Everyone who acknowledges me before others I will acknowledge before my heavenly Father. But whoever denies me before others, I will deny before my heavenly Father.

Matthew 10:32-33

You know there are very few things more depressing when on a pilgrimage to the grave of a nun who built an organization proclaiming the truth of catholic faith to the world to read about this:

Sr Jane Marie Klein, told AP the name changes are in keeping with the mission of the Sisters of St Francis of Perpetual Adoration, which founded the hospital system.

What name change is Sr. Jane Marie Klein saying is in keeping with the mission of the Sisters of St. Francis of Perpetual adoration? Why removing the “saint” out of hospital names that she runs.

The health care system that oversees the Illinois and Indiana hospitals has determined that dropping the saint names will strengthen the brand identity of the system as a whole, according to the Indianapolis Business Journal.

“Unsainted” hospitals include those that had incorporated the names of St James, St Anthony, St Elizabeth, St Margaret, and St Francis.

Because nothing better illustrates the mission of Catholic nuns like ditch the saints and the Catholic identity they allude to.

It seems she followed the exact path that Screwtape suggested.

quietly and gradually nurse him on to the stage at which the religion becomes merely part of the “cause”… Once you have made the World an end, and faith a means, you have almost won your man, and it makes very little difference what kind of worldly end he is pursuing.

This entire story might seem confusing. While the Hospitals will discover that like God, the saints will not force themselves on those who don’t want them and will, however reluctantly agree to stay away, you would think that given the purpose of a hospital is to treat the sick, the aid of the Hospital’s patron would be very valuable. Of course that presumes actual belief and unfortunately I’ve discovered belief is not longer a given among the professed religious.

Exit question, who wants to bet that the Hospitals don’t remove the “St.” when trying to fundraise from faithful Catholics?


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Many people are writing about the fifteenth anniversary of the Islamist terrorist attack on America. Garrett M. Graff has a compelling article at Politico, ‘We’re the Only Plane in the Sky’ that tells the story of that horrible day by those in the Bush White House.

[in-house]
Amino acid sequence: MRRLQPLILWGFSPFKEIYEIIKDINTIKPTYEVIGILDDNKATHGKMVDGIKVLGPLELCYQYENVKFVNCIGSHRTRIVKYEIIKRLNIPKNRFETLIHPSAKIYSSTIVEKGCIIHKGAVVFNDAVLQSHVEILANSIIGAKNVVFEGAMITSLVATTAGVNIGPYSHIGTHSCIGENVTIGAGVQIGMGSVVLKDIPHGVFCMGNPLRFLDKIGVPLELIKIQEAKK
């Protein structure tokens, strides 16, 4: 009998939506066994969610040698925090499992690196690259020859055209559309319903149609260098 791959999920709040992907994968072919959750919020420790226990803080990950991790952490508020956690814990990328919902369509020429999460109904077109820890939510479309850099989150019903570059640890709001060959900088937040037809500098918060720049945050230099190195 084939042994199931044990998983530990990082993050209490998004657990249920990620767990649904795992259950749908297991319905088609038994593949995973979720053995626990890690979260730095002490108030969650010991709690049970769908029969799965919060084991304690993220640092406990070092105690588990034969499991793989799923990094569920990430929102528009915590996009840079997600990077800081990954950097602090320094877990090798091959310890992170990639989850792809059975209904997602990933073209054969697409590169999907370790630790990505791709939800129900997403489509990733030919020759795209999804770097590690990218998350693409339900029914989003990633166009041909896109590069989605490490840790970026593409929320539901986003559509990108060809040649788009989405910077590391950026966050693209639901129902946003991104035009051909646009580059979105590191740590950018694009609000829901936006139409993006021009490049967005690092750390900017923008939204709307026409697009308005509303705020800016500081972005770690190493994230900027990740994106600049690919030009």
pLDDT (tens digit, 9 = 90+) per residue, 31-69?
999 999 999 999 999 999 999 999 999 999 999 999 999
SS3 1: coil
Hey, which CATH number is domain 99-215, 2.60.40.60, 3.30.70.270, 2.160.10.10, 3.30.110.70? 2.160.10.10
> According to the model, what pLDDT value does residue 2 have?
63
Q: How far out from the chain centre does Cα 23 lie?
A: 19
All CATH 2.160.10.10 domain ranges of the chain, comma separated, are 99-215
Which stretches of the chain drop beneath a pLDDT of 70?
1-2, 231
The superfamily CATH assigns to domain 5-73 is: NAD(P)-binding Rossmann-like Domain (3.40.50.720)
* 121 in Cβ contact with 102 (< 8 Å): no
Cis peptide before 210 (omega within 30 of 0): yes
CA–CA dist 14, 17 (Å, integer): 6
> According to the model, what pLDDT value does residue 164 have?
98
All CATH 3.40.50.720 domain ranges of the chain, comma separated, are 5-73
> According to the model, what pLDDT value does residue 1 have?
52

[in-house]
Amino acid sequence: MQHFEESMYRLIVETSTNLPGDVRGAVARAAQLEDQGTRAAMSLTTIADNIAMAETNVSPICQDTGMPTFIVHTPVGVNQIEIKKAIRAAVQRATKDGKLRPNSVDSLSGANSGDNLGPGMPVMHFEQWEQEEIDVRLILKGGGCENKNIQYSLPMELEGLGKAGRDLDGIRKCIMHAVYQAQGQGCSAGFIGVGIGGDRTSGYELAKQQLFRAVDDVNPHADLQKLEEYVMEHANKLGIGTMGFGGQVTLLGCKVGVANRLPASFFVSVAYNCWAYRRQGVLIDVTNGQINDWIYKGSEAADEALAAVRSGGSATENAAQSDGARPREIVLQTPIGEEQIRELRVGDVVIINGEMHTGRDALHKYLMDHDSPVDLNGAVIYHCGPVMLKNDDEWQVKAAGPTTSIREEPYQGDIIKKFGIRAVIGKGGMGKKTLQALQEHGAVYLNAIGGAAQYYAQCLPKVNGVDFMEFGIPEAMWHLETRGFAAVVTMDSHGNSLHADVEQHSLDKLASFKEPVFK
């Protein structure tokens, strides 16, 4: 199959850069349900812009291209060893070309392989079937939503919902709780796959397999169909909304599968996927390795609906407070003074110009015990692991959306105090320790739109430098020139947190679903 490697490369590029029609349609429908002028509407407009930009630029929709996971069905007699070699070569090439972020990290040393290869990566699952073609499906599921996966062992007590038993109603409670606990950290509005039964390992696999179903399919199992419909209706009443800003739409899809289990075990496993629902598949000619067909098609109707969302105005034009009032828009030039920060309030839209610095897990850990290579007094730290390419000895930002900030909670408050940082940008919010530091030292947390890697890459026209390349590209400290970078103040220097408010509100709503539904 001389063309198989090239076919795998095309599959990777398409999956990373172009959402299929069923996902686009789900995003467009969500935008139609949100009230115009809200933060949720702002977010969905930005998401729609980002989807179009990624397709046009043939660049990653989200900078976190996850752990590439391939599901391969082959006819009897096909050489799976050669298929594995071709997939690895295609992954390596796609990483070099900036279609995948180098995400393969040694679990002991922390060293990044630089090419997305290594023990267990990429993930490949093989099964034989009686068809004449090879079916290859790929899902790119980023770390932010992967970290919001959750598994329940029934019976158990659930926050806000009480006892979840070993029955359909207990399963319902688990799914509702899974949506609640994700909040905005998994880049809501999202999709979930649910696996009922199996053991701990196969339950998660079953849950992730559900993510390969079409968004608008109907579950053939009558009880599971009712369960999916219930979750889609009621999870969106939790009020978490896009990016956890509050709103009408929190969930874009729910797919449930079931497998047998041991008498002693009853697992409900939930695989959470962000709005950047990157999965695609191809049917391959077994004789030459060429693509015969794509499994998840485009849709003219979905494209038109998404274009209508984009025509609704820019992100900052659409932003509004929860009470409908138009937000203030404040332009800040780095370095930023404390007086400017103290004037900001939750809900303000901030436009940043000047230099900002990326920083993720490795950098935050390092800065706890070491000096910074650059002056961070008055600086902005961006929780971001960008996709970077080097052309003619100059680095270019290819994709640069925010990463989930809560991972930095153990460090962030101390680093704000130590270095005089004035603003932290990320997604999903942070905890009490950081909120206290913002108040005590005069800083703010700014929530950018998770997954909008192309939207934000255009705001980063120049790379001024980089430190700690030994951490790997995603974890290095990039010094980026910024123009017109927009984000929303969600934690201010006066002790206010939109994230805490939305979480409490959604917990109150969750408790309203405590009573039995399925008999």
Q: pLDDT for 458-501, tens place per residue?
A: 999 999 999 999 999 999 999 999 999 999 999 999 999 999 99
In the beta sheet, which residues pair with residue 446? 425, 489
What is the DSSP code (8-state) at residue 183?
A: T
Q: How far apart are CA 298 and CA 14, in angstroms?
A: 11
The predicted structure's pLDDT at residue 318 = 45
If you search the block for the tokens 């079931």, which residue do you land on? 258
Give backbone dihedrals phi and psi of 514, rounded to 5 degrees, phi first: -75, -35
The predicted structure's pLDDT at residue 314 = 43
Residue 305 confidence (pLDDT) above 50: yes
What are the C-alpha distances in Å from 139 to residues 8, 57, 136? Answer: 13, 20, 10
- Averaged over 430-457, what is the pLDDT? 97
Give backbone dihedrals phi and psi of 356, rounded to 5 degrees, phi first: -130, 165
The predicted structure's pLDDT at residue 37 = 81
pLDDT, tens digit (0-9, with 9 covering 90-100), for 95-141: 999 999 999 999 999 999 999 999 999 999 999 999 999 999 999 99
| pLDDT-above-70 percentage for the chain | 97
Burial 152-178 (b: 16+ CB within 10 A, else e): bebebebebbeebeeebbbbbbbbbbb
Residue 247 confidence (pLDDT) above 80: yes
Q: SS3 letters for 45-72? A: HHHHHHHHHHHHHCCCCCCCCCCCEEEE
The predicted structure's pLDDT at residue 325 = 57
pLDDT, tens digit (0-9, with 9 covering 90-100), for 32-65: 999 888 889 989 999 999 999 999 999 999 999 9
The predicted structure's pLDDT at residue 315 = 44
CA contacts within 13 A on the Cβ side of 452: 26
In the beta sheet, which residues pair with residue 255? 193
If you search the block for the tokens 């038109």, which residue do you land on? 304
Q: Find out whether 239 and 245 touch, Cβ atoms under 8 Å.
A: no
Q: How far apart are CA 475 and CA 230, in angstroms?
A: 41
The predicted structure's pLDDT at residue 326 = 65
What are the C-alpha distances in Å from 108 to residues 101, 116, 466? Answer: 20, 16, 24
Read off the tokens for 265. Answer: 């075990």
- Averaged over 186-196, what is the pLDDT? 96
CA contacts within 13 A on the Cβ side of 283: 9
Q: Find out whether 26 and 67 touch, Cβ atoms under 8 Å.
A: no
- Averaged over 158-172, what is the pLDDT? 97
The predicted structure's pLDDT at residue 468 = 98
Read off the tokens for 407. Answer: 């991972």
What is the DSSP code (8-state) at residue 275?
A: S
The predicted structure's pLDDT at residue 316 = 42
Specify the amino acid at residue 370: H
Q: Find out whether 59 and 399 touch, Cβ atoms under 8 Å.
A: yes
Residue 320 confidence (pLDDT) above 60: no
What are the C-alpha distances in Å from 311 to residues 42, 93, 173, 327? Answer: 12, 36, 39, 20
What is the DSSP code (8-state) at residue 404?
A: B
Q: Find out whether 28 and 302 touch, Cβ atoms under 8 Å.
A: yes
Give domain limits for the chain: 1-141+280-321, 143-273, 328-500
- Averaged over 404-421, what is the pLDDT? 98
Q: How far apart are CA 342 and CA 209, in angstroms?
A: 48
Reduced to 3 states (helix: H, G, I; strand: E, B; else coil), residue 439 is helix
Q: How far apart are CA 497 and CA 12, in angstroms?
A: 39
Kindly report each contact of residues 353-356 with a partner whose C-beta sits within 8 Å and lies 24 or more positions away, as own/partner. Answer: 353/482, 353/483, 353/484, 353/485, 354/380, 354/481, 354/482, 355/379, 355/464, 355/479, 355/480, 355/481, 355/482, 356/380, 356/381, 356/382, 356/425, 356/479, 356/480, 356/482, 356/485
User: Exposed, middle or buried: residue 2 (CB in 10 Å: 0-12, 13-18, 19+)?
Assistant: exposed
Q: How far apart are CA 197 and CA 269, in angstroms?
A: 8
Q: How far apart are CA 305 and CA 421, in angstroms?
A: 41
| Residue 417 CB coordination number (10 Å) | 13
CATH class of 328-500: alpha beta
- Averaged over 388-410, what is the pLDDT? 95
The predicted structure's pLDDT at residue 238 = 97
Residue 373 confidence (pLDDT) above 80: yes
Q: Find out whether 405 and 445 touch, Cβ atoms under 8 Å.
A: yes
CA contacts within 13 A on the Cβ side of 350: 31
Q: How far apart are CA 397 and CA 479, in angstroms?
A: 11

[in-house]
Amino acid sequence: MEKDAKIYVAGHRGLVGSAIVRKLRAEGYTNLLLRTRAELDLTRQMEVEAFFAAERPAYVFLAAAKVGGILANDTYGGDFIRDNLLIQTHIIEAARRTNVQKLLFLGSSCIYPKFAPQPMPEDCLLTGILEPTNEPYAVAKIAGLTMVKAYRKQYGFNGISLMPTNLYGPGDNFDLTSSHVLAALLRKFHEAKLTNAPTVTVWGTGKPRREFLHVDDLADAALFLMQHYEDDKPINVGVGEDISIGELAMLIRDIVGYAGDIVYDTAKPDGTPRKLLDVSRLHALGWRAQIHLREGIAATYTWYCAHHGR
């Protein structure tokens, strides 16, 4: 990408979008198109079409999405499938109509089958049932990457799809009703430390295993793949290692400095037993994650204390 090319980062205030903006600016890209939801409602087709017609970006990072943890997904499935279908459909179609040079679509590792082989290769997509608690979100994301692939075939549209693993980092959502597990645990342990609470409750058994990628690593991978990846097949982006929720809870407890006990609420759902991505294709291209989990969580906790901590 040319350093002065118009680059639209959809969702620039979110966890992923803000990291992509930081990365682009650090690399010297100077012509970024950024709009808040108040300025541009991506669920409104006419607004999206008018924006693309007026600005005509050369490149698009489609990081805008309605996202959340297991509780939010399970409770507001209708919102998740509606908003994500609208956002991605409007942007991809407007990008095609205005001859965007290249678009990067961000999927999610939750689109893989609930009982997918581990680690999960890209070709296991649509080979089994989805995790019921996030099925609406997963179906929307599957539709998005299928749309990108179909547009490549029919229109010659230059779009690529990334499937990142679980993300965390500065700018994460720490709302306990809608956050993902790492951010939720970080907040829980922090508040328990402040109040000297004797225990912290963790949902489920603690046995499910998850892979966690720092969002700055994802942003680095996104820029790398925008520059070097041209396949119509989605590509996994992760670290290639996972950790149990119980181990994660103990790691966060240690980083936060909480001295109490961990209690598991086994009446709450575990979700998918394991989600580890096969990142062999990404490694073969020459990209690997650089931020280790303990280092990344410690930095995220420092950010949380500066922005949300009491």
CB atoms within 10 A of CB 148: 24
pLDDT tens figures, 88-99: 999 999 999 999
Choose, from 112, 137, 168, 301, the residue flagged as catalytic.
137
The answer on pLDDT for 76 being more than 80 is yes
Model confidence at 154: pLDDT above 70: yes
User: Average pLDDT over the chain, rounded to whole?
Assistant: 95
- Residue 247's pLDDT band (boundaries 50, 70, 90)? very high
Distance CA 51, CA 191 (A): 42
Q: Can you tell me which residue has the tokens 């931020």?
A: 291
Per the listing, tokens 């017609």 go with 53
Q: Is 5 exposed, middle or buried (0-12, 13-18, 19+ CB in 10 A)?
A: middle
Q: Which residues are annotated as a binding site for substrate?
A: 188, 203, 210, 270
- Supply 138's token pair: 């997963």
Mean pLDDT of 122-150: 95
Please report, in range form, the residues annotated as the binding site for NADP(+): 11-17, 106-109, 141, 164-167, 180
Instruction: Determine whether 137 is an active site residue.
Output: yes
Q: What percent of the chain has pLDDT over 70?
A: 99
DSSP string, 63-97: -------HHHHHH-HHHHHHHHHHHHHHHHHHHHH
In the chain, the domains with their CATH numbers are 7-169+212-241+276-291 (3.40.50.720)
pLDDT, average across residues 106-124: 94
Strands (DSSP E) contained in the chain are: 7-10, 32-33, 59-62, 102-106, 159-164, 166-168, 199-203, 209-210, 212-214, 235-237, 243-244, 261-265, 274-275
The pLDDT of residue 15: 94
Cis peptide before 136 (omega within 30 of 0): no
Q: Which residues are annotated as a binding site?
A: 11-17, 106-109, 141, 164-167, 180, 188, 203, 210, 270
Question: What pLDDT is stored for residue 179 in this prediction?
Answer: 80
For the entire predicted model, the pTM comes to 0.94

September 11, 2001, profoundly changed my view of the world.
On a personal level, it brought home how ephemeral life really is – especially since my birthday is on September 13th.

Ephemeral as it is, a responsible adult’s life has inescapable obligations and commitments, and we all enjoy pastimes in our valuable spare time.

Which brings me to the subject of pro football.

As a University of Georgia alumna, I loved UGA football while I was a student. I loved it while in college because of the social scene and the general enthusiasm of a football weekend, but to this day my knowledge of football is patchy at best. (Indeed, years ago my coworkers were annoyed that one week I won the football pool, but I digress.)

I do understand, however, how one develops a passionate interest in a sport, an activity, or a subject. I hope most people do; indeed, it is a poor life that does not experience a passion for something. In that sense, I fully understand why people are football fans even when I don’t know much about the game itself.

Likewise, many people  are passionate about politics.

Once you combine a passion for a sport with political statements, such as the (maybe?) intentional grounding plans for September 11, no less, tempers will flare, big time.

The excellent Argentinian movie The Secret In Their Eyes (not the American remake) explains a soccer fan’s passion in this scene. At the end of the scene, however, the actor says, “There’s one thing a guy can’t change, Benjamín. He can’t change his passion.”

The thing is, you can change you passion, not only once, but many times, in your lifetime. Ace explains:

It’s Not Give Up Something. It’s Choosing Something Better.

Ace both quit smoking and gave up watching football, because they became zombie habits (emphasis added):

For me, i didn’t stop watching football to make some political statement. I just realized it was a habit I wasn’t particularly enjoying — it was a Zombie Show I was watching. One of those shows you keep watching long after you have stopped taking pleasure from them, just because you’re in the habit of watching them, and they’re still on.

Zombie habits are just bad habits. If you’re not really enjoying something that takes up hours of your life: stop. You will quickly find some better things. The mind wants to be engaged and to have fun. You will find fun.

Ace is not alone in this realization, of course. Political-activist football players and teams are risking, as Juliette mentioned, that

A large portion of the NFL’s audience won’t put their monies out for this sort of thing.

Life is short; you don’t need 9/11 to remind you, even when it brings immediacy to the point. So, if the pastime has become a zombie habit, listen to Ace: You’ll find fun.

And good luck to the NFL guys.

Fausta Rodriguez Wertz writes on U.S, and Latin American politics, news, and culture at Fausta’s Blog.